The Pacers are lucky to get Walker at No. 7. The Houston power forward is a big, long bruiser with a surprising penchant for offensive outbursts. Walker's capacity to score is there, and with an already steady floor in the front court, Indiana will love pairing him up with Myles Turner.
8. Washington Wizards - Taylor Hendricks (PF), UCF
The Wizards are a gong show right now. Kyle Kuzma and Kristaps Porzingis are out the door in free agency, and the organization just dealt Bradley Beal.
Enter Hendricks, a versatile forward with a mean streak on defense and a capable offensive game. If the Wiz can grab him at No. 8, the UCF product will be a big part of the franchise's upswing.
9. Utah Jazz - Bilal Coulibaly (SF), Metropolitans 92, France
Wembanyama's teammate in France, Coulibaly made a name for himself as a complementary piece, thriving as an athletic wing scorer. The jump shot is coming along but like his future No.1 overall teammate, the fundamentals to be an NBA contributor are well-established.
10. Dallas Mavericks - Kobe Boufkin (SG), Michigan
The Wolverines sophomore is an excellent complement to perennial MVP contender Luka Doncic. Boufkin can score and defend in a variety of roles. Dallas will ask lots of him in year one, but he'll be ready.
11. Orlando Magic (From CHI) - Ausar Thompson (SF), Overtime Elite
Ausar, like his brother Amen, is an aggressive downhill scorer with pristine physical attributes. He excels as a cutter and manufactures points in the paint.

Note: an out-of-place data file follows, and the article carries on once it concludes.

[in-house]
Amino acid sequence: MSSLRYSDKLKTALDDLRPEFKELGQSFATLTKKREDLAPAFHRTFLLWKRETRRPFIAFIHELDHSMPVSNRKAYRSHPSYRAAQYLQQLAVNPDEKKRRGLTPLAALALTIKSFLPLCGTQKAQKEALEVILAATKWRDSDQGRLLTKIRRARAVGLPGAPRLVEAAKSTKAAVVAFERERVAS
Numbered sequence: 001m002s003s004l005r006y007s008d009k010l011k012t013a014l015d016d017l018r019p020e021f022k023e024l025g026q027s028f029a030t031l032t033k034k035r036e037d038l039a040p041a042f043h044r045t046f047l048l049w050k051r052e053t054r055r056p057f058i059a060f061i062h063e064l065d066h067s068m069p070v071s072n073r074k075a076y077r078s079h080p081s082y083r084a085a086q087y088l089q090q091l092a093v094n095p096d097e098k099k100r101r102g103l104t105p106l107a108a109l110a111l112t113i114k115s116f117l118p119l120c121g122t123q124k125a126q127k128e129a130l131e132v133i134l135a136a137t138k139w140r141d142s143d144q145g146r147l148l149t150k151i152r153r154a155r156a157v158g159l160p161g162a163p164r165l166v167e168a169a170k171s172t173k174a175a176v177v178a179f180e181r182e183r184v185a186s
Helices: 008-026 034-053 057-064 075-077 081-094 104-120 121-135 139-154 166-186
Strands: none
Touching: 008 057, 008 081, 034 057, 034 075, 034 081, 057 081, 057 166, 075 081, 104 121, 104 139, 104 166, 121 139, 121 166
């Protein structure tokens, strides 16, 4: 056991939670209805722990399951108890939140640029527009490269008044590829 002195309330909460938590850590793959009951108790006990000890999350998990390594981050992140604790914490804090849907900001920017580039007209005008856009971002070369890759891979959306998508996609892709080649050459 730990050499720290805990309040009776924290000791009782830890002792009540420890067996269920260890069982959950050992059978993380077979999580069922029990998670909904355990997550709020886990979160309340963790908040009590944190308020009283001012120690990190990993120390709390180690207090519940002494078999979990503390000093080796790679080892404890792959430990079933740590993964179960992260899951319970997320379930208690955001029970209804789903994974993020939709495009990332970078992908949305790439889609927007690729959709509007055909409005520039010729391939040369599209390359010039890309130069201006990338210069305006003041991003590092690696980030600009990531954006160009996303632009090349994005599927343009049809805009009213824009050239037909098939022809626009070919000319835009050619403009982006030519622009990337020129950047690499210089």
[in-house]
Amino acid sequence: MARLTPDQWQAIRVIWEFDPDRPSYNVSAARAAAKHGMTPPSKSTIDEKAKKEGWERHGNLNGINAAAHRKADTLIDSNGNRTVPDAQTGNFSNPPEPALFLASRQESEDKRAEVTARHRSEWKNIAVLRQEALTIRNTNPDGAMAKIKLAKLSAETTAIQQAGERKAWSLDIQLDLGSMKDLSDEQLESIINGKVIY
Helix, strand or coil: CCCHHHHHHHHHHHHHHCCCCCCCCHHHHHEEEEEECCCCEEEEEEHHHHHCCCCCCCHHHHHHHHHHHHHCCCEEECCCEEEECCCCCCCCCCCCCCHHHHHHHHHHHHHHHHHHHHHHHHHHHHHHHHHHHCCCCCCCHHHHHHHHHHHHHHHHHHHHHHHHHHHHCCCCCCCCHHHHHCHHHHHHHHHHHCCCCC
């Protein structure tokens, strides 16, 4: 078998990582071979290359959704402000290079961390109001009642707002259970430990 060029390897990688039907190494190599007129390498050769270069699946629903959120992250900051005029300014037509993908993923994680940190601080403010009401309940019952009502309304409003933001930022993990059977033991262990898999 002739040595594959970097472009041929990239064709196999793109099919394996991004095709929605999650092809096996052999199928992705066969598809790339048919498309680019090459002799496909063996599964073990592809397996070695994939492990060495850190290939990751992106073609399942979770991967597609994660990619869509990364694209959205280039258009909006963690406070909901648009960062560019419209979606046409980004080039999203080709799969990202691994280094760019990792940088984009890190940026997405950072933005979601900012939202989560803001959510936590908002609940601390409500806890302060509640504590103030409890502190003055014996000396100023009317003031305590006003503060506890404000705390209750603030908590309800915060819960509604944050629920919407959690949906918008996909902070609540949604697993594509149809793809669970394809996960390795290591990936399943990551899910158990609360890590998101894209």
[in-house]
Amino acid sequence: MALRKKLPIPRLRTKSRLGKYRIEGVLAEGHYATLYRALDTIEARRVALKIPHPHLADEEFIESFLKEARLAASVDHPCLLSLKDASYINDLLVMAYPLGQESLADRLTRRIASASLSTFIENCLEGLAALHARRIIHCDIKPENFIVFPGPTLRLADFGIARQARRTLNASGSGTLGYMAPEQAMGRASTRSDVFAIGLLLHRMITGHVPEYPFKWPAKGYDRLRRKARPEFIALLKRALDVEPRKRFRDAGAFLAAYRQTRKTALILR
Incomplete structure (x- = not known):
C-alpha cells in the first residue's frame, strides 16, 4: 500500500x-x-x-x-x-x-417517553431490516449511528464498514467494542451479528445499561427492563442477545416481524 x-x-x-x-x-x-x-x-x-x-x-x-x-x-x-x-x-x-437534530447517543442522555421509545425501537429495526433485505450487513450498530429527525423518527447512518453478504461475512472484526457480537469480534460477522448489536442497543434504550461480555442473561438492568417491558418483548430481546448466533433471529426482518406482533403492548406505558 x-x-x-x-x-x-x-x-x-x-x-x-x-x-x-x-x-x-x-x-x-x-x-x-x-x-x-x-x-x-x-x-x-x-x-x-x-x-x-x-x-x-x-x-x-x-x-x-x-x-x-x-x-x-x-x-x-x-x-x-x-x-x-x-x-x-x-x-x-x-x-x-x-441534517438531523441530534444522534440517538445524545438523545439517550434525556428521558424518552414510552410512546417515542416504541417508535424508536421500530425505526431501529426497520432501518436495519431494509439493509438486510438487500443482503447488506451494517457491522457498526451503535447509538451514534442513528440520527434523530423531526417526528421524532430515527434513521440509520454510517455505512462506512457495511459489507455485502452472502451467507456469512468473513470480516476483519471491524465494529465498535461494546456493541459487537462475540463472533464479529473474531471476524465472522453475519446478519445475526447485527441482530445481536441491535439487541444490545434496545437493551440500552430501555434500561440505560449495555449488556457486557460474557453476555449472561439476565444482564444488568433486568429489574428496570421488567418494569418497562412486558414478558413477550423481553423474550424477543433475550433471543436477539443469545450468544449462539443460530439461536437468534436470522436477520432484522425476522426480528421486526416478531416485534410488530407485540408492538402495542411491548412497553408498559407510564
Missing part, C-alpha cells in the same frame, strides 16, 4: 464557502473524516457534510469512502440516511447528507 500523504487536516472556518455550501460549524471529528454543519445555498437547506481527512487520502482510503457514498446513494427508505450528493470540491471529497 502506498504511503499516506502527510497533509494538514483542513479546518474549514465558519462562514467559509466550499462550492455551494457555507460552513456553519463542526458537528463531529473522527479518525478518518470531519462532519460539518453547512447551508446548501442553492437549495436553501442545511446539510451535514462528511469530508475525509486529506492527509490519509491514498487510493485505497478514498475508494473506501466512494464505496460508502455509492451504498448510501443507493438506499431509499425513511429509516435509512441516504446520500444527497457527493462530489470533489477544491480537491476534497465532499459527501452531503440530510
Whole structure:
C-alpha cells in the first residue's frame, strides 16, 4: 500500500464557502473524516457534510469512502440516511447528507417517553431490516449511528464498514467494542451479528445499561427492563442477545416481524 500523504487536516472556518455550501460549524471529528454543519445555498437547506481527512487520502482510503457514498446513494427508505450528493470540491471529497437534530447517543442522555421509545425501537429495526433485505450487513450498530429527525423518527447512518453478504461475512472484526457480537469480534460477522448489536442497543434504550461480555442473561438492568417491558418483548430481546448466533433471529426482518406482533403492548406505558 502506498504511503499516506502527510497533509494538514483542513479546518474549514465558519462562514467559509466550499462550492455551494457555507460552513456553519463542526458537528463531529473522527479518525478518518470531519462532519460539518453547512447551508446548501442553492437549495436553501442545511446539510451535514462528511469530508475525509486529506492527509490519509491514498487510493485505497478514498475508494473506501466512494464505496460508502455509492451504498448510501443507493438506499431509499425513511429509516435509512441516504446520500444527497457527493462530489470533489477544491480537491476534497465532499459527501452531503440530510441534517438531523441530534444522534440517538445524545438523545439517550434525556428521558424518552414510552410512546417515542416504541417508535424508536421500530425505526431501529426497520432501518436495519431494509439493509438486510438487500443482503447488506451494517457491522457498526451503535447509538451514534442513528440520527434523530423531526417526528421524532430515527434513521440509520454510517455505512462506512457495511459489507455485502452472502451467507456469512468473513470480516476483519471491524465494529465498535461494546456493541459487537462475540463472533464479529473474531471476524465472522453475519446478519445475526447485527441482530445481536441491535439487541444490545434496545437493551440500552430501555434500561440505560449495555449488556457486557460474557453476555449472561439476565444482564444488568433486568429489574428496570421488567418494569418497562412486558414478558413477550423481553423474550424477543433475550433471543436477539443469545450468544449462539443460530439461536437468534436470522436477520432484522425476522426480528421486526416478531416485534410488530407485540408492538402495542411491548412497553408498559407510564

Why the drop to No. 11? I don't think NBA defenses will respect his shooting ability. In the modern NBA, it's hard to be a franchise player without a solid three-ball. Thompson's way short in that category.
12. Oklahoma City Thunder - Jalen Hood-Schifino (PG), Indiana
We're getting close to the broken record point of the first round: great athlete, good defensively, needs to clean up the jumper.
Hood-Schifino is toolsy, but not dominant in any one area. He lacks touch, physicality and finishing ability but is otherwise a fine choice for a budding OKC squad.
13. Toronto Raptors - Carson Wallace (PG), Kentucky
On paper, Wallace is basically Fred VanVleet 2.0. He's an excellent catch-and-shoot option but comes up short as an iso scorer. All to say, the 19-year-old needs talented pieces around him to make a difference. What better system to join than the team-oriented Raptors?
14. New Orleans Pelicans - Keyonte George (SG), Baylor
While he's a bit of a liability on defense, George is an exciting scorer who can spruce up New Orleans' offense. Now, the Pelicans might trade away this pick, but if they don't, George's combo of three-point finesse and interior scoring is a steady addition.